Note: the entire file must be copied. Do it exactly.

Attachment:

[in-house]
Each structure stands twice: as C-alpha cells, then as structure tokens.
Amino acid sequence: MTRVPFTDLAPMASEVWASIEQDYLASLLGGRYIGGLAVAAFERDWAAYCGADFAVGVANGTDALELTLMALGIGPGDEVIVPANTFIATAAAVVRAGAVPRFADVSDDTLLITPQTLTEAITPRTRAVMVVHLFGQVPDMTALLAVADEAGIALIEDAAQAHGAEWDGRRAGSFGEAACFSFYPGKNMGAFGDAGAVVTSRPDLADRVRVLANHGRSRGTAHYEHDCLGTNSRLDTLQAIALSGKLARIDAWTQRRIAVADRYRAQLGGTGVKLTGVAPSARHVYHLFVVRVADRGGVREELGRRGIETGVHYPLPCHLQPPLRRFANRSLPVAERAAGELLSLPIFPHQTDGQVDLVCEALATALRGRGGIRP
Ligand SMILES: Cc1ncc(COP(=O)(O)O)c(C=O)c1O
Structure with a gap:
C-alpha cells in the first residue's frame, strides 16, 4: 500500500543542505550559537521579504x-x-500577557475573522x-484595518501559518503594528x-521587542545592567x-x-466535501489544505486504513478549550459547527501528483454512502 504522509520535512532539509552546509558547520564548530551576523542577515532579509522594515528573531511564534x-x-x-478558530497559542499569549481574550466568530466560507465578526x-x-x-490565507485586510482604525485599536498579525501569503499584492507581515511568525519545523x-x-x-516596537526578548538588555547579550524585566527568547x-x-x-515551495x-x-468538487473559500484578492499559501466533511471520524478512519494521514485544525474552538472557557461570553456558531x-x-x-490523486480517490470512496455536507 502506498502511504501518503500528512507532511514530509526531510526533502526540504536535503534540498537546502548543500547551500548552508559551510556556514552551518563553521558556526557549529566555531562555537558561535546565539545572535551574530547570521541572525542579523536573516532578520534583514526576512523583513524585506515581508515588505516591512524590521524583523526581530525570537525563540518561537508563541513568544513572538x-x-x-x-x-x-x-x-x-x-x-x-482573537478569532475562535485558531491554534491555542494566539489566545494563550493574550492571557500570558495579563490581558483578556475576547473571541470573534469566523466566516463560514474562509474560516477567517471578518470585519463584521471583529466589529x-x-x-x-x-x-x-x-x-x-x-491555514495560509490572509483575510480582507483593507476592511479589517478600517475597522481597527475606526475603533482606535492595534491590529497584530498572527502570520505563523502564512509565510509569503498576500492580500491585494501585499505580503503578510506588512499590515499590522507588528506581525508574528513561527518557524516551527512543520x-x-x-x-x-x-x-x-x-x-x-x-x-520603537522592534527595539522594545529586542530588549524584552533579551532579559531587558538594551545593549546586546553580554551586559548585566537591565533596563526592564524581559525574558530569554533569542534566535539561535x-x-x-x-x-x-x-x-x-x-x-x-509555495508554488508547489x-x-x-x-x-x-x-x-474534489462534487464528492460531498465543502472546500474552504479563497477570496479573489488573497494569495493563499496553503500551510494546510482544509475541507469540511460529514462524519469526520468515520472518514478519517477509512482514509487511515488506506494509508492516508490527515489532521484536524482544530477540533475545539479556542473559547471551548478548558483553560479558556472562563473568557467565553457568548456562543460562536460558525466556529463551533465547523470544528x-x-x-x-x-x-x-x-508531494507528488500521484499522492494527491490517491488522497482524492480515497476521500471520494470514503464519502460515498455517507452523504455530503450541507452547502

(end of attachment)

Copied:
[in-house]
Each structure stands twice: as C-alpha cells, then as structure tokens.
Amino acid sequence: MTRVPFTDLAPMASEVWASIEQDYLASLLGGRYIGGLAVAAFERDWAAYCGADFAVGVANGTDALELTLMALGIGPGDEVIVPANTFIATAAAVVRAGAVPRFADVSDDTLLITPQTLTEAITPRTRAVMVVHLFGQVPDMTALLAVADEAGIALIEDAAQAHGAEWDGRRAGSFGEAACFSFYPGKNMGAFGDAGAVVTSRPDLADRVRVLANHGRSRGTAHYEHDCLGTNSRLDTLQAIALSGKLARIDAWTQRRIAVADRYRAQLGGTGVKLTGVAPSARHVYHLFVVRVADRGGVREELGRRGIETGVHYPLPCHLQPPLRRFANRSLPVAERAAGELLSLPIFPHQTDGQVDLVCEALATALRGRGGIRP
Ligand SMILES: Cc1ncc(COP(=O)(O)O)c(C=O)c1O
Structure with a gap:
C-alpha cells in the first residue's frame, strides 16, 4: 500500500543542505550559537521579504x-x-500577557475573522x-484595518501559518503594528x-521587542545592567x-x-466535501489544505486504513478549550459547527501528483454512502 504522509520535512532539509552546509558547520564548530551576523542577515532579509522594515528573531511564534x-x-x-478558530497559542499569549481574550466568530466560507465578526x-x-x-490565507485586510482604525485599536498579525501569503499584492507581515511568525519545523x-x-x-516596537526578548538588555547579550524585566527568547x-x-x-515551495x-x-468538487473559500484578492499559501466533511471520524478512519494521514485544525474552538472557557461570553456558531x-x-x-490523486480517490470512496455536507 502506498502511504501518503500528512507532511514530509526531510526533502526540504536535503534540498537546502548543500547551500548552508559551510556556514552551518563553521558556526557549529566555531562555537558561535546565539545572535551574530547570521541572525542579523536573516532578520534583514526576512523583513524585506515581508515588505516591512524590521524583523526581530525570537525563540518561537508563541513568544513572538x-x-x-x-x-x-x-x-x-x-x-x-482573537478569532475562535485558531491554534491555542494566539489566545494563550493574550492571557500570558495579563490581558483578556475576547473571541470573534469566523466566516463560514474562509474560516477567517471578518470585519463584521471583529466589529x-x-x-x-x-x-x-x-x-x-x-491555514495560509490572509483575510480582507483593507476592511479589517478600517475597522481597527475606526475603533482606535492595534491590529497584530498572527502570520505563523502564512509565510509569503498576500492580500491585494501585499505580503503578510506588512499590515499590522507588528506581525508574528513561527518557524516551527512543520x-x-x-x-x-x-x-x-x-x-x-x-x-520603537522592534527595539522594545529586542530588549524584552533579551532579559531587558538594551545593549546586546553580554551586559548585566537591565533596563526592564524581559525574558530569554533569542534566535539561535x-x-x-x-x-x-x-x-x-x-x-x-509555495508554488508547489x-x-x-x-x-x-x-x-474534489462534487464528492460531498465543502472546500474552504479563497477570496479573489488573497494569495493563499496553503500551510494546510482544509475541507469540511460529514462524519469526520468515520472518514478519517477509512482514509487511515488506506494509508492516508490527515489532521484536524482544530477540533475545539479556542473559547471551548478548558483553560479558556472562563473568557467565553457568548456562543460562536460558525466556529463551533465547523470544528x-x-x-x-x-x-x-x-508531494507528488500521484499522492494527491490517491488522497482524492480515497476521500471520494470514503464519502460515498455517507452523504455530503450541507452547502